About the Show
FCT is committed to creating theatre using popular historical theatrical forms to tell contemporary stories that inspire deep social conversation and build community. Virtuoso tap dancer Andrew Nemr believes that the historical art form of tap has the social power to connect humanity and change lives. Our common interests and goals have made pursuing a collaboration natural partnership for FCT. Together we created Andrew Nemr: Rising to the Tap, a mash-up of tap dance concert and autobiographical one-person show linking the historical art of tap dancing with Nemr’s first-generation Lebanese-American immigrant story of finding your individual voice and cultural identity.
This partnership with one of the most vibrant and respected figures in modern tap today (TED Fellow, trained by Greg Hines, Savion Glover, and Jimmy Slyde, performed at Joyce, Kennedy Center, the Apollo), is a window into Andrew Nemr’s struggles with cultural identity, explores the life-changing influence of a traditionally African American form of dance on a first generation Lebanese American. Against the backdrop of the elite tap dance scene of the 80’s and 90’s, Andrew Nemr depicts his struggles with bullying, self-identification, and cultural practice by performing episodes from his immigrant story — his parents leaving Lebanon in 1976, his victimization at the hands of bullies in New Jersey, and his eventual mentorship under the legendary tap dancer Gregory Hines. From spending five years as part of Savion Glover’s elite tap troupe (making him one of modern tap’s real insiders by age 13), to finding himself isolated from that community, to a radical new understanding of himself and the role of tap dance, Andrew Nemr candidly shares a unique American journey towards self discovery.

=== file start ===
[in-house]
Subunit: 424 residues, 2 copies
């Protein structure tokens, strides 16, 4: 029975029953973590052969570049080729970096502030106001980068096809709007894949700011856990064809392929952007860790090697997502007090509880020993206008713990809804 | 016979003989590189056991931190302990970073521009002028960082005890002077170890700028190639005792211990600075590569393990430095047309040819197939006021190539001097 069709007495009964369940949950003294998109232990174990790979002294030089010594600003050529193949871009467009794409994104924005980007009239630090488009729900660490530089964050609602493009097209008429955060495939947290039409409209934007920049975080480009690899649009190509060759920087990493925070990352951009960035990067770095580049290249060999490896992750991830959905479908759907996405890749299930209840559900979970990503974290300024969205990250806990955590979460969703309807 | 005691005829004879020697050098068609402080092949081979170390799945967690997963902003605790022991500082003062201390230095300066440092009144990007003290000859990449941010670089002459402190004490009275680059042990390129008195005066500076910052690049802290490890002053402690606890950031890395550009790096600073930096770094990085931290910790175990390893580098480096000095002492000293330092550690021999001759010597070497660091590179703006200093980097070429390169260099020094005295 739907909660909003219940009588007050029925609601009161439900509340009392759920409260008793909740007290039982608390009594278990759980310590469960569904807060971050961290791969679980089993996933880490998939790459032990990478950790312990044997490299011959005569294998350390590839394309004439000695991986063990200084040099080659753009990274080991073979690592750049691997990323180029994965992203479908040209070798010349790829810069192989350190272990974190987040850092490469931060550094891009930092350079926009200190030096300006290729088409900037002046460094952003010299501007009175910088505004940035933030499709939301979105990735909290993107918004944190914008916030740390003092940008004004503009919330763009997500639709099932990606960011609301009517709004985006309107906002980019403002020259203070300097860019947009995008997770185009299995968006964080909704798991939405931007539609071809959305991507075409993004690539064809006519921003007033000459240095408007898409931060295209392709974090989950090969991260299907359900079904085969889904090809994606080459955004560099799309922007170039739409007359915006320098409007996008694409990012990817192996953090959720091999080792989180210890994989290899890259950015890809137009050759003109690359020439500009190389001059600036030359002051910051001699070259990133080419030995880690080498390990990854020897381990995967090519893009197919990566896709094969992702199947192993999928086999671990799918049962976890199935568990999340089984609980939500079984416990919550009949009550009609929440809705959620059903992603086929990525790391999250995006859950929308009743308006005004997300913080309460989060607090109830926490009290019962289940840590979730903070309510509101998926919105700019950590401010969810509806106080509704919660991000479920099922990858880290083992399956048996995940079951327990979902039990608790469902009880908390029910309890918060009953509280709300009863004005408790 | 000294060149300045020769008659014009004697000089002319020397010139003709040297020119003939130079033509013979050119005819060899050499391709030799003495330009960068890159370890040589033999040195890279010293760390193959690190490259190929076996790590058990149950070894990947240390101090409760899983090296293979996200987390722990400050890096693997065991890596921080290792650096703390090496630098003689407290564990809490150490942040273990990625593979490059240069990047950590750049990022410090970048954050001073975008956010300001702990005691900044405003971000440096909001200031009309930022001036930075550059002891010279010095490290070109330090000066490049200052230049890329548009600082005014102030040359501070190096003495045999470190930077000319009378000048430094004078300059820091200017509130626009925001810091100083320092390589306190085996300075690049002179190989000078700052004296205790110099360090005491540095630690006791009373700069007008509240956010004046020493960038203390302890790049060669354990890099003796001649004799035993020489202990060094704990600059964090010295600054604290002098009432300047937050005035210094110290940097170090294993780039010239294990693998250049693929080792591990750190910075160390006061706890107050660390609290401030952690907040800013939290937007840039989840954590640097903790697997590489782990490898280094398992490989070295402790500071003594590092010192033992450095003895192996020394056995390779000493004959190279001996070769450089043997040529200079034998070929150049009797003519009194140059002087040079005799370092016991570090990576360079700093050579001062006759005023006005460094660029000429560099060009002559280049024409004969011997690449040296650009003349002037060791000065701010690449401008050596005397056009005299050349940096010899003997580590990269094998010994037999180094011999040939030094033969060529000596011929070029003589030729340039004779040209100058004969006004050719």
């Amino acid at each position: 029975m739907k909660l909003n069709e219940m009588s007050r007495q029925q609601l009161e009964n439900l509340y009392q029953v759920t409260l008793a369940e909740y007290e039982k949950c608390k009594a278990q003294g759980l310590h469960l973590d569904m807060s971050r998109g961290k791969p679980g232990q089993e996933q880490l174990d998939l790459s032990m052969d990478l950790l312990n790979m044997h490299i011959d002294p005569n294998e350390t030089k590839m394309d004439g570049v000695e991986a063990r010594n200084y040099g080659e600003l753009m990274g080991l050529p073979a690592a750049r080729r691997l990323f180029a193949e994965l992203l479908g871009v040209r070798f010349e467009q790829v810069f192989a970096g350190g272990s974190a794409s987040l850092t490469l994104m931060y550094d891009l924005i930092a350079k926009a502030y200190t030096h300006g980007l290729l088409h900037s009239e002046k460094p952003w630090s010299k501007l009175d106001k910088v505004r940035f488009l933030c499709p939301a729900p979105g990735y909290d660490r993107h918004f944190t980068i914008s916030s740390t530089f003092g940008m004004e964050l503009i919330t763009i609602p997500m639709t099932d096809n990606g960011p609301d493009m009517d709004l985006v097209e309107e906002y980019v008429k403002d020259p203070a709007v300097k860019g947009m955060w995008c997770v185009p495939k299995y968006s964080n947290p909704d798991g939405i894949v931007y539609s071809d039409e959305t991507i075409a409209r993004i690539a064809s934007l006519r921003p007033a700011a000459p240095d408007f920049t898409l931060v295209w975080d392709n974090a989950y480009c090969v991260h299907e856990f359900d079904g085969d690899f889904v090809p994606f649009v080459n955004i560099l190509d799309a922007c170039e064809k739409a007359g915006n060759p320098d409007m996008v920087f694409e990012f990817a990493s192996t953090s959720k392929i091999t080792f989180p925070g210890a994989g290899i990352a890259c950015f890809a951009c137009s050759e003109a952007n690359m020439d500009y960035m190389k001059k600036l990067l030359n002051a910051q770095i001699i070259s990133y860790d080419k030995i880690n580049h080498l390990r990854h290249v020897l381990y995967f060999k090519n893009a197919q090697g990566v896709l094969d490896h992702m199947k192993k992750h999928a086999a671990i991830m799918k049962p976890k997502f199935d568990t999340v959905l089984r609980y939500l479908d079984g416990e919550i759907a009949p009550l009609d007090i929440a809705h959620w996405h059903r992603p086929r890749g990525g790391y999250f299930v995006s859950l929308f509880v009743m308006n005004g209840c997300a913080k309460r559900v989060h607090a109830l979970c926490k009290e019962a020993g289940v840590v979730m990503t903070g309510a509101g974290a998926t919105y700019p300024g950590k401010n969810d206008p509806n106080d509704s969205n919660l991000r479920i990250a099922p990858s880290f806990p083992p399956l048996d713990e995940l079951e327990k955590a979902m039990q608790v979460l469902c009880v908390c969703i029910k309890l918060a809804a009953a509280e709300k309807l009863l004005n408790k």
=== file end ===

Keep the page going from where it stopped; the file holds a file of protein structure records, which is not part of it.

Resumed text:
Huffington Post included “Andrew Nemr: Rising to the Tap” made the round up of the Best Dance Performances of 2017.
Press and Reviews
“A “feel everything” tour-de-force disguised as a one-man tap cabaret, Andrew Nemr: Rising To The Tap charts the terrifying saga of Nemr’s parents’ escape from pre-civil war Lebanon to his mastery of tap under the mentorship of some of the greatest tap dancers of the past 30 years years.”
– Huffington Post
“Andrew Nemr has a one-man show that is different from the usual single-performer gig. Yes, he tells the story of his life, and no, he isn’t really an actor. But you don’t have to be an actor to tell your own story. And if you self-identify as a tap dancing, only child, Phoenician-Canadian-American whose parents escaped the Lebanese Civil War on the last bus out of Beirut, well, you have quite a story.”
– Stage Biz